The article goes on to say that propaganda tells facts, but lies by omission. I'm not really sure that's true, either. If propaganda prides itself on telling facts, then it picks up on the one fact that can be twisted to coerce others into believing their position. Don't get me wrong, I think it is brilliant. Propaganda posters make us see what the designers want us to see, and often cause us to believe in something questionable. Or, if we don't believe in what it's saying, at least we can see HOW someone could buy it. And that is design at its finest.

Nicky said...

I think the concept of participatory design is very interesting. It makes the most sense to include those who will benefit from the products in the design process. This way the products will better meet the needs of consumers and will be more successful overall. A process of review with consumers also needs to take place as the last stage of participatory design. Evaluation is the most integral part of any plan. In order to see if something was successful, you would need to ask people who have used, tested, and can comment on it from experience.

However, I would imagine that participatory design from a graphic design standpoint can be somewhat restricting. Too many opinions sometimes stifle the creativity of the designers, and lead to confusion, and a project that was not allowed to extend to its full potential.

The post explains the differences between user-design and user-centered-design. I think the most effective method is user-centered-design, in which participants have input and are consulted regularly but are not in possession of the necessary tools or skills to make vital construction decisions.

Ryan Eckert said...

Sustainable design is important for people to pay close attention to. Making the world a better place is ideal but if we could just change a couple of daily activities we could save the environment. For many of you that don’t know I try my best to litter as little as possible. Not only do I recycle but I also try and carry a container to drink from instead of disposable container. I have a reusable 7Eleven Big Gulp (love it), and I’m starting to think that 7eleven company should make a sustainable design on their Gulps. It would help catch more consumers interested in going green.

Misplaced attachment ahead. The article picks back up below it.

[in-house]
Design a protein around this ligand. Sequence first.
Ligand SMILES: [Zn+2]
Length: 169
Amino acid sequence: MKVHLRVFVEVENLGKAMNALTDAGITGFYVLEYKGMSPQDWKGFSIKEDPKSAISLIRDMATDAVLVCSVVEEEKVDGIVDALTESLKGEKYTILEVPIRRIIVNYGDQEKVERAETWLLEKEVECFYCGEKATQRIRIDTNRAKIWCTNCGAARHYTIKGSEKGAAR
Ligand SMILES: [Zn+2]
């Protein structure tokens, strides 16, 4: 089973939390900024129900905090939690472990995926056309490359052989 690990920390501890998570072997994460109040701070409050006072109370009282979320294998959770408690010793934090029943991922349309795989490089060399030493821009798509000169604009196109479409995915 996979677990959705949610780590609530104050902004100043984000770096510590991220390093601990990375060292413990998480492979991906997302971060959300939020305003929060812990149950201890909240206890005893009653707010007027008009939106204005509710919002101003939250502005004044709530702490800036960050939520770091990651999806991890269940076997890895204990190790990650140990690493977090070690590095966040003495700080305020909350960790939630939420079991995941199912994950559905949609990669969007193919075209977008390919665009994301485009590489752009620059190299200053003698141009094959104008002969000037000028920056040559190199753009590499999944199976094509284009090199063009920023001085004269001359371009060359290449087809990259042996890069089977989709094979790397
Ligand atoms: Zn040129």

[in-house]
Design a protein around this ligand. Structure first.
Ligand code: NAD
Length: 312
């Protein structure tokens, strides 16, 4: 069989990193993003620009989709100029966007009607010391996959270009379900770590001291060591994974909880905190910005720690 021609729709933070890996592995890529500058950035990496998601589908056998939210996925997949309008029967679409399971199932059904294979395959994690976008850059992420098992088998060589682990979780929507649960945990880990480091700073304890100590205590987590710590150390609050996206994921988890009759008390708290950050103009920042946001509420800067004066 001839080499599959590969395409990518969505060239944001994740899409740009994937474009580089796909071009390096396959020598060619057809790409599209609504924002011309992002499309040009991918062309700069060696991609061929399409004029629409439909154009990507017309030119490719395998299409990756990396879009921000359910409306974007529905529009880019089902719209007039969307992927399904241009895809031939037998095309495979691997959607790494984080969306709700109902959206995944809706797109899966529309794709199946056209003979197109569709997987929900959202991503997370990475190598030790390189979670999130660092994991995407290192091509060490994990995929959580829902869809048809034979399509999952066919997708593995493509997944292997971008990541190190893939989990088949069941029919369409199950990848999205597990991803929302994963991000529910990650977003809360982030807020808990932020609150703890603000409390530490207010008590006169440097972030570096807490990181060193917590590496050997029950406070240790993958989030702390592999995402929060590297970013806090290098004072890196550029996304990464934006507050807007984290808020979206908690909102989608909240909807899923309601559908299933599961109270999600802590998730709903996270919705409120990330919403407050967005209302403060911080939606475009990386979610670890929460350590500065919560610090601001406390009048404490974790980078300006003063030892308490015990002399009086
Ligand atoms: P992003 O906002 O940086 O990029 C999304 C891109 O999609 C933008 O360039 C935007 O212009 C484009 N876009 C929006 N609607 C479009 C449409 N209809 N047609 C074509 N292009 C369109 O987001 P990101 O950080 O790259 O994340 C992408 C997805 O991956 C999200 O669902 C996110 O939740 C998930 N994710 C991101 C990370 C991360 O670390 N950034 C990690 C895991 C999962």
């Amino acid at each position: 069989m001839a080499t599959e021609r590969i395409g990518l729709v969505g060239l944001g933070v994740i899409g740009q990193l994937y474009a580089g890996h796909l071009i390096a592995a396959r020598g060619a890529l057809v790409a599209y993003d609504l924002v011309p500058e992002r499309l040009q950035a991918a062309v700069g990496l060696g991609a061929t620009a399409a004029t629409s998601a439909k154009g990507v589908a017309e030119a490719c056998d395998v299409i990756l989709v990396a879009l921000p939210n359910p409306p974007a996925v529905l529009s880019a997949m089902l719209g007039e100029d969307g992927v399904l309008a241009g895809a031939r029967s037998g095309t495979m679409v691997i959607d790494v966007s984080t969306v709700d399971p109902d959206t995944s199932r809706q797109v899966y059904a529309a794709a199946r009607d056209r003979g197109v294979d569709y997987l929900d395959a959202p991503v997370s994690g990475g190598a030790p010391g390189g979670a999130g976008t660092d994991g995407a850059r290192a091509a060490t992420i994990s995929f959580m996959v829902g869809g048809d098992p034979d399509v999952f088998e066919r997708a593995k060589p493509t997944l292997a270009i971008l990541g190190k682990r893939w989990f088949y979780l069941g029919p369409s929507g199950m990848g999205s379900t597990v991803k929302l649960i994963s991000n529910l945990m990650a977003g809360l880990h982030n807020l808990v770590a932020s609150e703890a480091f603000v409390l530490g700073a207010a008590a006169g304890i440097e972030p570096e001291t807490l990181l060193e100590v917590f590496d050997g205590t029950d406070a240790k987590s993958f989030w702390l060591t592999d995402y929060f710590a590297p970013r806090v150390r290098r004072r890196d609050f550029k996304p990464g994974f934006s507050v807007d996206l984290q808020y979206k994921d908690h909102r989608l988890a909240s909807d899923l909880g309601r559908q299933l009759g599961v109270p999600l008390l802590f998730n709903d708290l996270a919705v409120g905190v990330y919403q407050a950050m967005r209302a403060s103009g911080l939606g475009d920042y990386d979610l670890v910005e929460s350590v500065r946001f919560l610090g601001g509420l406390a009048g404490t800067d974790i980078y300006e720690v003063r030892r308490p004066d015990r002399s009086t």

Also, has anyone been on campus when it’s too late for classes, yet all the lights are on? Look around at all the energy being wasted, if only somebody would turn out the lights, this school alone could save so much money.

Ashley said...

I think all of these topics are very important especially in today’s society.
I have been thinking about propaganda so I am going to talk about that.
Propaganda is information, ideas, or rumors deliberately spread widely to influence, help or harm a person, group, movement, institution or nation. I think propaganda is a constant thing in our lives. Everyday the things we do, say and believe are influenced by the things we see and hear. The news spreads propaganda and tells us how we should feel about different issues but the news prefers not to be called propaganda. Tabloids and magazines also tell us how we should act and dress and whom we should like and dislike. Commercials and television shows also influence what we like and what we buy. All these things produce emotional responses not rational ones just as propaganda does. Everything everywhere influences us and I think it is propaganda in a strange way.
The examples I have given are not usually the harmful kind of propaganda but sometimes-silly influential kind. As emotional beings we are the perfect targets for this.

Elysa D. Batista said...

I was interested in the link about “redundancy in design”. The link explains how redundancy is often used in the engineering field as a fail-safe, but I believe that some designs today are redundant, watered down, generic creations that fail to provoke, incite, stir, and push the limits of the “traditional”, and hence are also fail-safe creations in that aspect. This redundancy can often be seen in the cars that we drive. We spoke of this once before in class. Normally there are a few cars that stand out of the heard and then, the next thing you know, other car brands are creating similar models that look exactly the same. For example: the Volvo, Lexus, Infiniti brands all have a similar looking SUV/car, or how the latest Jeep model resembles a Hummer (minus the steroids.) Not to mention all of the tiny “eco-friendly” egg shaped vehicles that have emerged and remind me of Easter year round. It makes you wonder.

Annika said...

I really feel that more and more buildings and other potentially damaging aspects of today's social culture should be created with sustainable design. With the knowledge that exists regarding construction materials that can in some way benefit the earth instead of causing more problems or even simply be from renewable sources, there really is no reason for architects and construction companies to plan with this in mind, short of cost. I know some cut corners of sustainability in order to save money here and there... but if they really think about the long-term effects, they'd honestly be saving money for themselves and future generations in the long run. One principle of sustainability mentioned in the Wikipedia article that really stuck out to me was that of Healthy Buildings. Too often do you hear about older buildings contaminating their inhabitants and the surrounding environment, but hopefully with the current "Go Green" movement that's sweeping internationally, future citizens of the world won't be hearing the same news.